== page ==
Of all the cruise ships in the world, how many have a MacDonald’s or Pizza Hut within their 100,000 tons plus structures? Especially given those two companies potential buying power, why not?

I will answer my own question, because that type of thing or food is for back home and not part of the cruise ship experience.

If I am wrong fine, then show me a ship with a MacDonalds….they as a company could fund or build their own ships, but would you want to eat there every night? NO , and no 'dis' to McDonalds but no as I can "get this back home"

Thats the difference, we know it, and they know it,.,,,the market
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Old May 19th, 2008, 05:01 PM
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To the OP. I don't tire of the formality at all. It's like a game to me. While this may be a novel experience for most patrons, the staff are just doing their jobs. So I try to say or do something that the staff find clever. I find that if I can capture someone's attention by fascinating them, it exhibits a genuine interest in them and makes for a much more robust exchange. And a byproduct of this is usually that the staff do relax a little which opens up an enjoyable dialogue for all.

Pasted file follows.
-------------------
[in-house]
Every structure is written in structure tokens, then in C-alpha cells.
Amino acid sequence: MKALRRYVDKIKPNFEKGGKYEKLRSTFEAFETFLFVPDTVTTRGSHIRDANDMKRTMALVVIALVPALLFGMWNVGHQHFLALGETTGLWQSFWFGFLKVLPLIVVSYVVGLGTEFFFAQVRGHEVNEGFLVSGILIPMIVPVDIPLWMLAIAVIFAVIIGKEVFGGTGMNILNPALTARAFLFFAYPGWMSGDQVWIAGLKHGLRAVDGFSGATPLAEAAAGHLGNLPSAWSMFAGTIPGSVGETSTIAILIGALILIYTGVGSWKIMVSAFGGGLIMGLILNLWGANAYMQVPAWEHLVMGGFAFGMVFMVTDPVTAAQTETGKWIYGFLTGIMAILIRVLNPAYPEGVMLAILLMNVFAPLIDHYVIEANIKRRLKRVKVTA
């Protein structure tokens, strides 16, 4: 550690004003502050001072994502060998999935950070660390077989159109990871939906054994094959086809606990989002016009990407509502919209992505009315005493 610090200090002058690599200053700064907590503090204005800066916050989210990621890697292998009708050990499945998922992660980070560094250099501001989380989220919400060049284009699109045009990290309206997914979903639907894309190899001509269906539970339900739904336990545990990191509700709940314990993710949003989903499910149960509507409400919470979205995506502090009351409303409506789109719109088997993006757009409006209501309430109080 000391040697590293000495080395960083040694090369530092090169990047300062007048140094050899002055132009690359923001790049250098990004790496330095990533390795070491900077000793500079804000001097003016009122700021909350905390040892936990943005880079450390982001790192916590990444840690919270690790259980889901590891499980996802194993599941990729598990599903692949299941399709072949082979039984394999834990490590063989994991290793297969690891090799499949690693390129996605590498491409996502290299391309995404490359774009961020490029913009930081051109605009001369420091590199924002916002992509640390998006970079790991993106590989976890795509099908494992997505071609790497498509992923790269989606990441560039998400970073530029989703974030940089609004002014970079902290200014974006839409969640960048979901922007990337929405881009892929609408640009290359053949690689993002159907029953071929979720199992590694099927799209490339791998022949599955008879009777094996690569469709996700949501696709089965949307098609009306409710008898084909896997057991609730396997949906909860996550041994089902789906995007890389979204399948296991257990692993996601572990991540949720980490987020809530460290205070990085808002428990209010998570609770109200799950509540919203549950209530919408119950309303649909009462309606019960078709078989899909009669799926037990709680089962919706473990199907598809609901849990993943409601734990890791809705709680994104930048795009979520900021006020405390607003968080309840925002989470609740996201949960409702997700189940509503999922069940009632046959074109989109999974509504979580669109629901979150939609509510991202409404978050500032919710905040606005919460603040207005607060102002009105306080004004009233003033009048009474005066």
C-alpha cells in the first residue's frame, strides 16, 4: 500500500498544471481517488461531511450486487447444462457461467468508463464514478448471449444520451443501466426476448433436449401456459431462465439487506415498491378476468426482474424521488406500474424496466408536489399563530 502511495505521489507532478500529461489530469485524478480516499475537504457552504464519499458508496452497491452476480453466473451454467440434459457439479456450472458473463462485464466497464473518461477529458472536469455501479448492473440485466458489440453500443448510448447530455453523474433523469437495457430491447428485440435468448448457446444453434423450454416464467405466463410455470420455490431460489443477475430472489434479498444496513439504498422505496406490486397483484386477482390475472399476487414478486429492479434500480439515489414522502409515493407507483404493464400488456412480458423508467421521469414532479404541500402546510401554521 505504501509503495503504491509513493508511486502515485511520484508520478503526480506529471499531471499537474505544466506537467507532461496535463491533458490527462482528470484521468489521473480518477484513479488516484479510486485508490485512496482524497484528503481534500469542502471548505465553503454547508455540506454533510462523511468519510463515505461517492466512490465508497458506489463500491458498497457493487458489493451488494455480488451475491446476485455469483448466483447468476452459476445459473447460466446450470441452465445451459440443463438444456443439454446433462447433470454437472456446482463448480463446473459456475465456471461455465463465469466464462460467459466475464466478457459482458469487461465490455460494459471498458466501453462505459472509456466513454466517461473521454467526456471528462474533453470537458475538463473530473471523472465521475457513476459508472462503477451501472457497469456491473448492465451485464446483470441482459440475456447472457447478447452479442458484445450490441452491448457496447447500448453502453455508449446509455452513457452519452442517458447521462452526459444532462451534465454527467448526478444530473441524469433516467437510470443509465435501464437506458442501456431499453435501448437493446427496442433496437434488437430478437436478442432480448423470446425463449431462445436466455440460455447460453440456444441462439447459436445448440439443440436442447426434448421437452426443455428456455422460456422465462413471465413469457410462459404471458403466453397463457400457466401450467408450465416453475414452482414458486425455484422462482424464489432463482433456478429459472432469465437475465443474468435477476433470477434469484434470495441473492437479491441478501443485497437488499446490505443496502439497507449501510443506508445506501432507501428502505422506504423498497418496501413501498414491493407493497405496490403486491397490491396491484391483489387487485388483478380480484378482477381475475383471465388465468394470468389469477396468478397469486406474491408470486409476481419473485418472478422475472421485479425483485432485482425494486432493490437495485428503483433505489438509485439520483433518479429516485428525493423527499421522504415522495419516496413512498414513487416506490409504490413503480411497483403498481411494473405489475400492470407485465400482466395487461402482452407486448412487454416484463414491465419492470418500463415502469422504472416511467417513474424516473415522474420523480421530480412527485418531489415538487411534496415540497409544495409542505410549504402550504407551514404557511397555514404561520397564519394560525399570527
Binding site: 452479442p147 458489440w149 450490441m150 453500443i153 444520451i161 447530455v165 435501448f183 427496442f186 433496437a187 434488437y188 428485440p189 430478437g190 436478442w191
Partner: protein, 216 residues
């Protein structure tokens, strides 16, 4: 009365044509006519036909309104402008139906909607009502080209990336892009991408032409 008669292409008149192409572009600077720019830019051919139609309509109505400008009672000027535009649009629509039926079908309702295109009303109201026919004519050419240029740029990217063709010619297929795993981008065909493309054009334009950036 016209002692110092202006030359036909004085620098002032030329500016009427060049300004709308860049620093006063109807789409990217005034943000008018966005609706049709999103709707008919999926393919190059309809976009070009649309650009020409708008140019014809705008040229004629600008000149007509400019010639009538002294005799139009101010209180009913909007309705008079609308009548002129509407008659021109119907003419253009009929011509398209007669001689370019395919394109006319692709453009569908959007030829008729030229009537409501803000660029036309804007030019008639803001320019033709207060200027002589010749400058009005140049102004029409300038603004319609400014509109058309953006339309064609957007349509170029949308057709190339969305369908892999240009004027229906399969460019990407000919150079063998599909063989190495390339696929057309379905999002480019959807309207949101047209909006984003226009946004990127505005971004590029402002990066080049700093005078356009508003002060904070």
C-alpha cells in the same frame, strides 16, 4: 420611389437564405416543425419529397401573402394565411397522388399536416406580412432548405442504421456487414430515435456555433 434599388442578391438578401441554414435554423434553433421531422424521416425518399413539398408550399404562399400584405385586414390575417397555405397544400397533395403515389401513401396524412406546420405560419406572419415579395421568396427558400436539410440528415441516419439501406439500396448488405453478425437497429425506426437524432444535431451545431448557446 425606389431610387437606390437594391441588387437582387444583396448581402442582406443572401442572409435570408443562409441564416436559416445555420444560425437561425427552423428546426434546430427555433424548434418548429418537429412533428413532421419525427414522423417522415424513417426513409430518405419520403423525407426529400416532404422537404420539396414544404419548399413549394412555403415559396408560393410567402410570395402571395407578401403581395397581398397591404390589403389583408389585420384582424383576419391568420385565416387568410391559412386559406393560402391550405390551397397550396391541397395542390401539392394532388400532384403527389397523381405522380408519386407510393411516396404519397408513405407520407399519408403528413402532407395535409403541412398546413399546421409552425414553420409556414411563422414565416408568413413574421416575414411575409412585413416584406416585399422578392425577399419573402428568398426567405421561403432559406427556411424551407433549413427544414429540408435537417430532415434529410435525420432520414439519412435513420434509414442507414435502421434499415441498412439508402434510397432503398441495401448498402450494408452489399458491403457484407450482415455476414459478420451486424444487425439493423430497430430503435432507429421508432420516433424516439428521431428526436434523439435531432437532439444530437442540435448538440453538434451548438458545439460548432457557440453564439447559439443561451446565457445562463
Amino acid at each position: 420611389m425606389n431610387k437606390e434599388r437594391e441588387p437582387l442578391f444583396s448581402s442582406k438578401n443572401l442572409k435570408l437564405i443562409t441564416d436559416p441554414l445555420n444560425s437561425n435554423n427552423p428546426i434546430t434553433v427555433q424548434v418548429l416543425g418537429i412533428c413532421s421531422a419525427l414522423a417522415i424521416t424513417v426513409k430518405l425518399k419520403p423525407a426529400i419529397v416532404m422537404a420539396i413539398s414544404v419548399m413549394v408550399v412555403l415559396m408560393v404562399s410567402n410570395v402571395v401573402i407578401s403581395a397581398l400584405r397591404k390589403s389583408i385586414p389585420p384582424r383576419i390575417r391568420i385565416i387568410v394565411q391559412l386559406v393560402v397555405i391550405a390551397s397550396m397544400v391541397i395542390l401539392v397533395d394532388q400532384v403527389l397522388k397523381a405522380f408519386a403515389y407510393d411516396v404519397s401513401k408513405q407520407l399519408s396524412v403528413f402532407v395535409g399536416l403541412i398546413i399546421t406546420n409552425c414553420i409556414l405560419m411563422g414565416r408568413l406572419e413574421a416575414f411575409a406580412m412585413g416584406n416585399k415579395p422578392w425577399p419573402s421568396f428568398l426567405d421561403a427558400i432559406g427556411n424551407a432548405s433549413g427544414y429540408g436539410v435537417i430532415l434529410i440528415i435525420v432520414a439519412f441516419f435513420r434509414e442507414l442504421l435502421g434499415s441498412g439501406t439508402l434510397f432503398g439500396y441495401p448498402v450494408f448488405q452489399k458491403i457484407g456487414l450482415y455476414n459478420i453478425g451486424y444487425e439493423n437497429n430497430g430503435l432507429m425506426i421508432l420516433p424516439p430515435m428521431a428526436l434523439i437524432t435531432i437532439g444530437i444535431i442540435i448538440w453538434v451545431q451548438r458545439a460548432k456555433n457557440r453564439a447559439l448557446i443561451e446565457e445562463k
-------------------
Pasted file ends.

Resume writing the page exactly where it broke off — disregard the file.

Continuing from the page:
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  #36 (permalink)  
Old May 19th, 2008, 07:30 PM
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Default Re: Cruise Restaurants were to formal

Quote:
Originally Posted by conversationist
Does anyone else get tired of all the formality of dining on a cruise ship. I long for a informal restaurant like Perkins, Cracker Barrel, TGIF or similar spot. I wish just once the waiter would come up to me and say, "hey guys my name is Bob how are you all doing!"